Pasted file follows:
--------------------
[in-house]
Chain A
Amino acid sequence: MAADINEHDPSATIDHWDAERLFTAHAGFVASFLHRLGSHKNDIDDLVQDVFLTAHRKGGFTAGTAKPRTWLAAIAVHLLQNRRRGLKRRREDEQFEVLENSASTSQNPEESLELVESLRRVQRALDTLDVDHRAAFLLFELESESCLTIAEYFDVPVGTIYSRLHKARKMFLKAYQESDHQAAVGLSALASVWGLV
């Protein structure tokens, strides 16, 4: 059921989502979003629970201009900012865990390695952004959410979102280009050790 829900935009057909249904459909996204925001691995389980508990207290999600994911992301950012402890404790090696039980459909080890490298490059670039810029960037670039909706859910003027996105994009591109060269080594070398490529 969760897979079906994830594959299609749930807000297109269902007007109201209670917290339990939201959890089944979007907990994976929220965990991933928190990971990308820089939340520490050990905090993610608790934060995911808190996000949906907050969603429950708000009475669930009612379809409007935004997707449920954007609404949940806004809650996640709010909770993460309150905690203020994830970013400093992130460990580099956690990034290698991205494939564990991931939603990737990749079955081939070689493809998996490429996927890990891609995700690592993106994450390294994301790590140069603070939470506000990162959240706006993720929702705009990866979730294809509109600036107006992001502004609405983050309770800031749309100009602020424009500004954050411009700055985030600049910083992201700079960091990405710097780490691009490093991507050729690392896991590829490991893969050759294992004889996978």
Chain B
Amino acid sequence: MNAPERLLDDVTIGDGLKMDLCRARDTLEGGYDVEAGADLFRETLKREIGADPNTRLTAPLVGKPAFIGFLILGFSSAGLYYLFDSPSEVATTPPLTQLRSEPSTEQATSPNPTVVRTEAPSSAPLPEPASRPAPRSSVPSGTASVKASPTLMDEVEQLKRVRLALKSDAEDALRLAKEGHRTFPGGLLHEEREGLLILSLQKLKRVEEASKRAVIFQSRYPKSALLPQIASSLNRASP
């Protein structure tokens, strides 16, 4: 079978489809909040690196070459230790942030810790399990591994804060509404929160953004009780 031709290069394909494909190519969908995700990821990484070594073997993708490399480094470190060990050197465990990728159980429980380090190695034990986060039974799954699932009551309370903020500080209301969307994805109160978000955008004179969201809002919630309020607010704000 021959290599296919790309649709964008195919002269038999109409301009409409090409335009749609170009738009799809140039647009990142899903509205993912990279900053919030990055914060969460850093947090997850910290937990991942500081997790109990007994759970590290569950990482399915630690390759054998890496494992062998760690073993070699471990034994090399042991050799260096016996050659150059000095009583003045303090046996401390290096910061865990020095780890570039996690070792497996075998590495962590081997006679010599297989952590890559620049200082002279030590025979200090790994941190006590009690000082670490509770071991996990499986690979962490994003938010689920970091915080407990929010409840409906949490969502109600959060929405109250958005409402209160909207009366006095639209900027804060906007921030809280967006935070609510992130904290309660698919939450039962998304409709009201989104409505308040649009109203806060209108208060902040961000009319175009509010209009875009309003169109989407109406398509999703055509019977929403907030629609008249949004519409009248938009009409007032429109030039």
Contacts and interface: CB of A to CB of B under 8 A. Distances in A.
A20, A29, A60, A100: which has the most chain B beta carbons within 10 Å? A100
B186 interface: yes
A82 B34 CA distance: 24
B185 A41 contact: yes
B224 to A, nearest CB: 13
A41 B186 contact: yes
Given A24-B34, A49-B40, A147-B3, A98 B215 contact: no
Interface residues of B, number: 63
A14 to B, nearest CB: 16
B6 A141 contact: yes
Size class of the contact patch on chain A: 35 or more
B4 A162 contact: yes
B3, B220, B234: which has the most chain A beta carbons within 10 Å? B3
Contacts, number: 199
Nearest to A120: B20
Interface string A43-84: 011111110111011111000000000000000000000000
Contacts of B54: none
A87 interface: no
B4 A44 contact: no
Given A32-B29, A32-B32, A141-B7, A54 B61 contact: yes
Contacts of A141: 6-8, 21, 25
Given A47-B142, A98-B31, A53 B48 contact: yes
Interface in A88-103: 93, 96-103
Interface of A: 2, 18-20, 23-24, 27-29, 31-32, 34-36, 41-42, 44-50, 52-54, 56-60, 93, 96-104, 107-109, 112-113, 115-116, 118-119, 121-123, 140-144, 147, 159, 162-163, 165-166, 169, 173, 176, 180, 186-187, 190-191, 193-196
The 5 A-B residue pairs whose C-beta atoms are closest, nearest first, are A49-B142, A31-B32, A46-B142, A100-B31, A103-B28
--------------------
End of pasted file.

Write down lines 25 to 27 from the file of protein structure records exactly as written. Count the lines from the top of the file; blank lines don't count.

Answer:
Contacts of B54: none
A87 interface: no
B4 A44 contact: no